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Hydrogen recycling in root nodules improves nitrogen fixation in bean plants

Legume crops such as common bean constitute a major source of protein in many areas. The high protein content of these plants derives from its ability to establish symbiosis with rhizobia, endosymbiotic bacteria able to convert atmospheric nitrogen into ammonia, which can be incorporated by the plant. This biological nitrogen fixation by nitrogenase in legume root nodules results in the evolution of hydrogen, a source of inefficiency of the system. In this work we have shown that the introduction of a rhizobial hydrogenase system able to recycle the hydrogen evolved by nitrogenase leads to significant improvements of symbiotic performance, thus resulting in increased nitrogen content in bean plants.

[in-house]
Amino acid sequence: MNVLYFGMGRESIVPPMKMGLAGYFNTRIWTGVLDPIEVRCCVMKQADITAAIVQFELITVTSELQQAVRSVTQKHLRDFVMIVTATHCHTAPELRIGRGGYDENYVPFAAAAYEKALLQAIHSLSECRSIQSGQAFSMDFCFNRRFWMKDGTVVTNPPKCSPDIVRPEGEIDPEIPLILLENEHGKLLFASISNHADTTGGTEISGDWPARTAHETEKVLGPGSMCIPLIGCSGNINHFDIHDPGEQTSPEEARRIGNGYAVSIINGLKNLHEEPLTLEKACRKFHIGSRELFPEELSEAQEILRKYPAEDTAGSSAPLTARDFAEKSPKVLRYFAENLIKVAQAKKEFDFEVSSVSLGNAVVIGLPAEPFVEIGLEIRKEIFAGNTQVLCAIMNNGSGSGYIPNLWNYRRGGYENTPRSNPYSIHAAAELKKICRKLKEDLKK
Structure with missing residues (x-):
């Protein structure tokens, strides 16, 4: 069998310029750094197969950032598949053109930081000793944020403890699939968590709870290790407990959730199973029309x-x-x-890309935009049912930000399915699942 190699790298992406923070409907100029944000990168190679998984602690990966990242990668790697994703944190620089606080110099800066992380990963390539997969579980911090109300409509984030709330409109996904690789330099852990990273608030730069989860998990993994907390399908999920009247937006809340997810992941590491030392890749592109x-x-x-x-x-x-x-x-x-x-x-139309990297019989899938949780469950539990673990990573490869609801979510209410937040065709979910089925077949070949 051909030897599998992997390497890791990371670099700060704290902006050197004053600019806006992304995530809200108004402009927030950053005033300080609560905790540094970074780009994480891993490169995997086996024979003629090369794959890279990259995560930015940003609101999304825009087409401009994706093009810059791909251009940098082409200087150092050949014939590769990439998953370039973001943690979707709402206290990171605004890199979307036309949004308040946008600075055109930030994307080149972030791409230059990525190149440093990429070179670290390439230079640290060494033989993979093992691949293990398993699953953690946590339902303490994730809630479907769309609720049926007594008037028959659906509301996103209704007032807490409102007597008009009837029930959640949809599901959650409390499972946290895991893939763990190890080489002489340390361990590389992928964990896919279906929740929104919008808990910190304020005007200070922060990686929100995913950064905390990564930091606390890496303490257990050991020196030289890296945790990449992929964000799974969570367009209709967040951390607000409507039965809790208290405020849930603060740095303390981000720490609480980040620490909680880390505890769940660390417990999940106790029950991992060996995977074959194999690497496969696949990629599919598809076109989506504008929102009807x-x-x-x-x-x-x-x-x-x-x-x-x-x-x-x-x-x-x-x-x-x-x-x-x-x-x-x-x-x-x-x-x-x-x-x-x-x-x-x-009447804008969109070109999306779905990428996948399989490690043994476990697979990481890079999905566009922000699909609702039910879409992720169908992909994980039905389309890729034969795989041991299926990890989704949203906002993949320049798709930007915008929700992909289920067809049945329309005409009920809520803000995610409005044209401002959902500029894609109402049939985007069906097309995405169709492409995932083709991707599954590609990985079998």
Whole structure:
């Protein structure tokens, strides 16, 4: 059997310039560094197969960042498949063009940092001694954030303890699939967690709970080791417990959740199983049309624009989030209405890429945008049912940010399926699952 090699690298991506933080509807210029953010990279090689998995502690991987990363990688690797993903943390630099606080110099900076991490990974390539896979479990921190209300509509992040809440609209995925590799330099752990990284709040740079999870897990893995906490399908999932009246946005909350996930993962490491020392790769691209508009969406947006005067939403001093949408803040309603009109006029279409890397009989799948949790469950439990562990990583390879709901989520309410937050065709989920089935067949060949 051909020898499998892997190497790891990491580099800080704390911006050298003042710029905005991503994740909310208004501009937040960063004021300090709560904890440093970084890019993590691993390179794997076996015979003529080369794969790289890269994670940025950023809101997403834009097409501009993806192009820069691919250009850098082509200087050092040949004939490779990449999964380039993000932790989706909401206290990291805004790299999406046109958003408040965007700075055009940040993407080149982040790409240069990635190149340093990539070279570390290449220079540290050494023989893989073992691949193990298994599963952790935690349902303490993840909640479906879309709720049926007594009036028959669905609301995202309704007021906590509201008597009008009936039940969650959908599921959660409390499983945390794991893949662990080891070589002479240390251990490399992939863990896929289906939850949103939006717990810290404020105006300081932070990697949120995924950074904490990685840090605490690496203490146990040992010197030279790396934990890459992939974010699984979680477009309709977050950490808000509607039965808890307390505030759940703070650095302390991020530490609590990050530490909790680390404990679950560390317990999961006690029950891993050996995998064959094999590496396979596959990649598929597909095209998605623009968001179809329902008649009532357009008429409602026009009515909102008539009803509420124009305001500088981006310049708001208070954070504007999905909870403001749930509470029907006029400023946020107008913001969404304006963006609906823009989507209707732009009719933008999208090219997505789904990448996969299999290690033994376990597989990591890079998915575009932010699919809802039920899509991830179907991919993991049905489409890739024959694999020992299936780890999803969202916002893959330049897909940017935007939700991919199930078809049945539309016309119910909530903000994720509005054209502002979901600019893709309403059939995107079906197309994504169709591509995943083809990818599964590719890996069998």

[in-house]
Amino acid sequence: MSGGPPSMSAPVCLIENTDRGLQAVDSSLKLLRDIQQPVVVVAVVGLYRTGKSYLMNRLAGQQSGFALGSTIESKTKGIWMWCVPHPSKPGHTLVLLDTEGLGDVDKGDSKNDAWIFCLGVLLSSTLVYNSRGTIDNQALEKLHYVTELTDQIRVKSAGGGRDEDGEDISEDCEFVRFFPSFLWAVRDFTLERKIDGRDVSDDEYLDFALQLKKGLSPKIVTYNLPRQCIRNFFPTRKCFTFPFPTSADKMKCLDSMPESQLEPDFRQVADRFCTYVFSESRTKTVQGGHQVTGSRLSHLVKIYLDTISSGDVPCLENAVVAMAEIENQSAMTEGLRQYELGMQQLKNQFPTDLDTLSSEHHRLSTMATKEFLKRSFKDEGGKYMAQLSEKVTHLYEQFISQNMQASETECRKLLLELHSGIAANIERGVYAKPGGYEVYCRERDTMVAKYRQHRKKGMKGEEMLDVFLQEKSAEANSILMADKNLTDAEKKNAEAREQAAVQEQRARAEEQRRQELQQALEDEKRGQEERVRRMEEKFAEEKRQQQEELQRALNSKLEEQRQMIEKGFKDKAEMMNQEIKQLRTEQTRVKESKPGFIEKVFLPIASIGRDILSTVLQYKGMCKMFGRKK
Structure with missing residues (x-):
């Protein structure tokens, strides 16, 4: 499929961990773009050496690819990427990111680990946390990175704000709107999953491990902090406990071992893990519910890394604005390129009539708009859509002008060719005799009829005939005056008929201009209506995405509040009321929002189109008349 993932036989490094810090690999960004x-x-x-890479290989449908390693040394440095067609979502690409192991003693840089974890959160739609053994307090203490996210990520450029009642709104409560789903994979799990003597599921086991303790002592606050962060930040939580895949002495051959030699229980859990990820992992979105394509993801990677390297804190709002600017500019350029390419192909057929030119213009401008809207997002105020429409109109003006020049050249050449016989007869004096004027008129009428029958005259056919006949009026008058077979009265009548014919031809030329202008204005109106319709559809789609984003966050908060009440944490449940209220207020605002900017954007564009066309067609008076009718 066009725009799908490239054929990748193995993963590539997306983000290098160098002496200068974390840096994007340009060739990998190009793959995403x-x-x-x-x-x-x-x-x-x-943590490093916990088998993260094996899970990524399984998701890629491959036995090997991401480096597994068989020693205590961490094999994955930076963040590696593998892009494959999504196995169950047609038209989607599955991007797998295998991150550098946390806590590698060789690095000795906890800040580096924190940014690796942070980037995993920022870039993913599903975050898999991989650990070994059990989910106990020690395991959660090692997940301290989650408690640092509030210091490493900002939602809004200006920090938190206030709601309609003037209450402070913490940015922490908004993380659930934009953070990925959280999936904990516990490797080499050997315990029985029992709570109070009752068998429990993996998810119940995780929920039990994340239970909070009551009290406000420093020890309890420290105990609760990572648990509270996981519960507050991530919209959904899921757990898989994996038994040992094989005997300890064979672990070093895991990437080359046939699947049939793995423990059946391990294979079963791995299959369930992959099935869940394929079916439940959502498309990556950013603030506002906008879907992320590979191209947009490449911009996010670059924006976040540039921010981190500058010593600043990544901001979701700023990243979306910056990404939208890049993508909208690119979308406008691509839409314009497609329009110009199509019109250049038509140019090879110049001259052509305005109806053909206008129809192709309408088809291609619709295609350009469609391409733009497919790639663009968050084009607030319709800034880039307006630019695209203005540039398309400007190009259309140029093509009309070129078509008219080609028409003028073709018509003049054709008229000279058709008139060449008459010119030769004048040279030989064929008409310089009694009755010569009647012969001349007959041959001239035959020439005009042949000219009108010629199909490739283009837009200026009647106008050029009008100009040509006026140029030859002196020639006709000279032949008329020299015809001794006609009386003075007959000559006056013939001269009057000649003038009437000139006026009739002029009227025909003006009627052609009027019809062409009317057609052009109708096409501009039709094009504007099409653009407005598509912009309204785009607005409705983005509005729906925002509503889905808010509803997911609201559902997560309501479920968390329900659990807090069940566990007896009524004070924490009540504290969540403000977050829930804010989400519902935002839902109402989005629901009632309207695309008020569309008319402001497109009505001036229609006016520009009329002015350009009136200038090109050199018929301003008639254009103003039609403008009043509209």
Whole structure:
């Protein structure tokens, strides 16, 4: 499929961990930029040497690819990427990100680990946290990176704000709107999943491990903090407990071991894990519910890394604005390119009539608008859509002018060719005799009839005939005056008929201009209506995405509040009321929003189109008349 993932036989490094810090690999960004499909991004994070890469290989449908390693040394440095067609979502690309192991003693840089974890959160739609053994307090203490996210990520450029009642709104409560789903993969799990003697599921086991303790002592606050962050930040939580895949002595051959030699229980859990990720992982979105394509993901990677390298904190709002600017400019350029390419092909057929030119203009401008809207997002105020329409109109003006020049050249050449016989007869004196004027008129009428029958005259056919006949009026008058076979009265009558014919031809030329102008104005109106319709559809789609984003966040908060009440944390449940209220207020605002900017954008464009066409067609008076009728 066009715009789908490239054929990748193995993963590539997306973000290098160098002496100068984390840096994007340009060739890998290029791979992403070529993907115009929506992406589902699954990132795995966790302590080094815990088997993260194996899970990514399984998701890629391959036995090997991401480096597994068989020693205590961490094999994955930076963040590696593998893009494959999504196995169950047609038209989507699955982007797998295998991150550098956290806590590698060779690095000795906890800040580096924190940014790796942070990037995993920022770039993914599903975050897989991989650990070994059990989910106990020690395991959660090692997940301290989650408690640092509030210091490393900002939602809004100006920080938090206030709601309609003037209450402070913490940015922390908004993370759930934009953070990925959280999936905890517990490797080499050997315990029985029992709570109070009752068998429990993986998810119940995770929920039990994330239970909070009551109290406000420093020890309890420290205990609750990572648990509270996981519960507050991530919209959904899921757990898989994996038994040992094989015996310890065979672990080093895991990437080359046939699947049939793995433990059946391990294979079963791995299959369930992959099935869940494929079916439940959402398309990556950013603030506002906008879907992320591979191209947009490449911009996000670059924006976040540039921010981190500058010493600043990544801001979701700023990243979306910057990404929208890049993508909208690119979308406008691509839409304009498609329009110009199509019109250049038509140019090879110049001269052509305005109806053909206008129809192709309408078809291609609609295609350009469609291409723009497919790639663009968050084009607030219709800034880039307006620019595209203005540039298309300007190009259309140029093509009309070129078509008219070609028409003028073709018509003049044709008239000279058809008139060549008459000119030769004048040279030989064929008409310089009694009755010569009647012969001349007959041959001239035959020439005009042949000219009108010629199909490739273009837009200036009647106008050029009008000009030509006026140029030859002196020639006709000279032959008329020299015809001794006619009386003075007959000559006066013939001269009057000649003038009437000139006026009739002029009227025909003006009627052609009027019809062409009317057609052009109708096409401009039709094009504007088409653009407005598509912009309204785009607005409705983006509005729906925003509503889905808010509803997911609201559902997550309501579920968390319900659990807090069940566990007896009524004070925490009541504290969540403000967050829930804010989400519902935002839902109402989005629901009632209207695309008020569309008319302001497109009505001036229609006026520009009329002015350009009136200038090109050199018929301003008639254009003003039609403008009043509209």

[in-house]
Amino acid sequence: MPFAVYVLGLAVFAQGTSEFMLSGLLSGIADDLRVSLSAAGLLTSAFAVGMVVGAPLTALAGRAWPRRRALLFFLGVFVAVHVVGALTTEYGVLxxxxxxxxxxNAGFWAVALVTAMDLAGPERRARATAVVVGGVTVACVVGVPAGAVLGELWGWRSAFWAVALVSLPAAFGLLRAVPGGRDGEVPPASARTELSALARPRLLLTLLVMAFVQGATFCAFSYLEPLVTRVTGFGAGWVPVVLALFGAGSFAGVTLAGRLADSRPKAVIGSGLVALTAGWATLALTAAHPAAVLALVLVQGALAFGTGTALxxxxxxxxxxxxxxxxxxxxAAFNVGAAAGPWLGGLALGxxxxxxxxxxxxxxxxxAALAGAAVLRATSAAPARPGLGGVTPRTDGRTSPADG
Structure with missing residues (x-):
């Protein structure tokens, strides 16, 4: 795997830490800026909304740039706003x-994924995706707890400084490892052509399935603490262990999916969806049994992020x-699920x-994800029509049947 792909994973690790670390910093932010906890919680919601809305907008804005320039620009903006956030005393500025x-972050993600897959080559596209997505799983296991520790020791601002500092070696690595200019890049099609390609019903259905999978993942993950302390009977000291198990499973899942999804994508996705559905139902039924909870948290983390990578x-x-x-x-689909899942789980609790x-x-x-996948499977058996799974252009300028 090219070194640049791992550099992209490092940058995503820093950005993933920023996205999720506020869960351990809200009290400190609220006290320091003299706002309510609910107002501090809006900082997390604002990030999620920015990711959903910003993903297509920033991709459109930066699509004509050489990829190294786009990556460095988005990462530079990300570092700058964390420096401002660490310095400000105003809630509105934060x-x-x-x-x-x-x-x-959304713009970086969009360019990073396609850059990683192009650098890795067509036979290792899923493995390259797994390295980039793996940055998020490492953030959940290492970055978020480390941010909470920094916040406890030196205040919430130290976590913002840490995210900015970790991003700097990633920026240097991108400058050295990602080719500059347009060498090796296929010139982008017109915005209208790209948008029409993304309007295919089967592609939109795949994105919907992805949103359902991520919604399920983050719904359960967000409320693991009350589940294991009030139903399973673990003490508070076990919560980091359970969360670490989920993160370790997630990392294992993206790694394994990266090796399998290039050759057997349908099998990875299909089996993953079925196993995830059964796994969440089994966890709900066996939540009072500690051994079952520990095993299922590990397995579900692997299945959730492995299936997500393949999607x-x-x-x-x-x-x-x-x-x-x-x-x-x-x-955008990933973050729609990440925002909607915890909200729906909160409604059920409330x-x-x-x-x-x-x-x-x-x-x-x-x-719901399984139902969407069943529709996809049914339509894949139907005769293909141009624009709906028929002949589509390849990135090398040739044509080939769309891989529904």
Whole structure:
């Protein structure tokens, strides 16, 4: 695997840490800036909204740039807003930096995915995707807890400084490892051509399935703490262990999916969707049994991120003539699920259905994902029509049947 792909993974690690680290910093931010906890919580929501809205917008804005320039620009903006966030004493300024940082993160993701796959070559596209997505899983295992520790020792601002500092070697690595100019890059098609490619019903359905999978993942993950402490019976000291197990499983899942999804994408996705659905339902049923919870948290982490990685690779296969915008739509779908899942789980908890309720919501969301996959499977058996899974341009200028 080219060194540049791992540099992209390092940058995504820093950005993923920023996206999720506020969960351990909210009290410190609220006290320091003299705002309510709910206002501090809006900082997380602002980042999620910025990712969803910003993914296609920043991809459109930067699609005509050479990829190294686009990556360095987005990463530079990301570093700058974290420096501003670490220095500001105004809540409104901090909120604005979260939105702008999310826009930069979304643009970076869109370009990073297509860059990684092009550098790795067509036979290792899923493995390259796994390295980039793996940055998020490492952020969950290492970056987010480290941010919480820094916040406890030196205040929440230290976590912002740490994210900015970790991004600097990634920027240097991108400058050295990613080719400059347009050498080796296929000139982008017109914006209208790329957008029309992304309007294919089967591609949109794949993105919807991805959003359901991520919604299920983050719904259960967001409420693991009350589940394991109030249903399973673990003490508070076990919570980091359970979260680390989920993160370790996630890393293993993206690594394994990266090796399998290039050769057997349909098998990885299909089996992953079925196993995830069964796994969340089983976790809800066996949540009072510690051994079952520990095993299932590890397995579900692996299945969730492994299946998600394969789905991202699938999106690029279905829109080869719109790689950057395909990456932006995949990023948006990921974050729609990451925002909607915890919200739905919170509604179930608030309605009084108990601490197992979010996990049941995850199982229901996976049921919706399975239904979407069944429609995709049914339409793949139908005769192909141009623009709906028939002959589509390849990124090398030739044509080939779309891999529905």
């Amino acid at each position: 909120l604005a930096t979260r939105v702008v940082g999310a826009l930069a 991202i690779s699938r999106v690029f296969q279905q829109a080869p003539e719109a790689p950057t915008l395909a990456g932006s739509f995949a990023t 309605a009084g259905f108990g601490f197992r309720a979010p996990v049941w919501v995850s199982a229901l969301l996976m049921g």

Original Paper:

Torres, A.R., Brito, B., Imperial, J., Palacios, J.M., Ciampitti, I.A., Ruiz-Argüeso, T., Hungria, M. 2020. Hydrogen-uptake genes improve symbiotic efficiency in common beans (Phaseolus vulgaris L.). Antonie van Leeuwenhoek. DOI: 10.1007/s10482-019-01381-6

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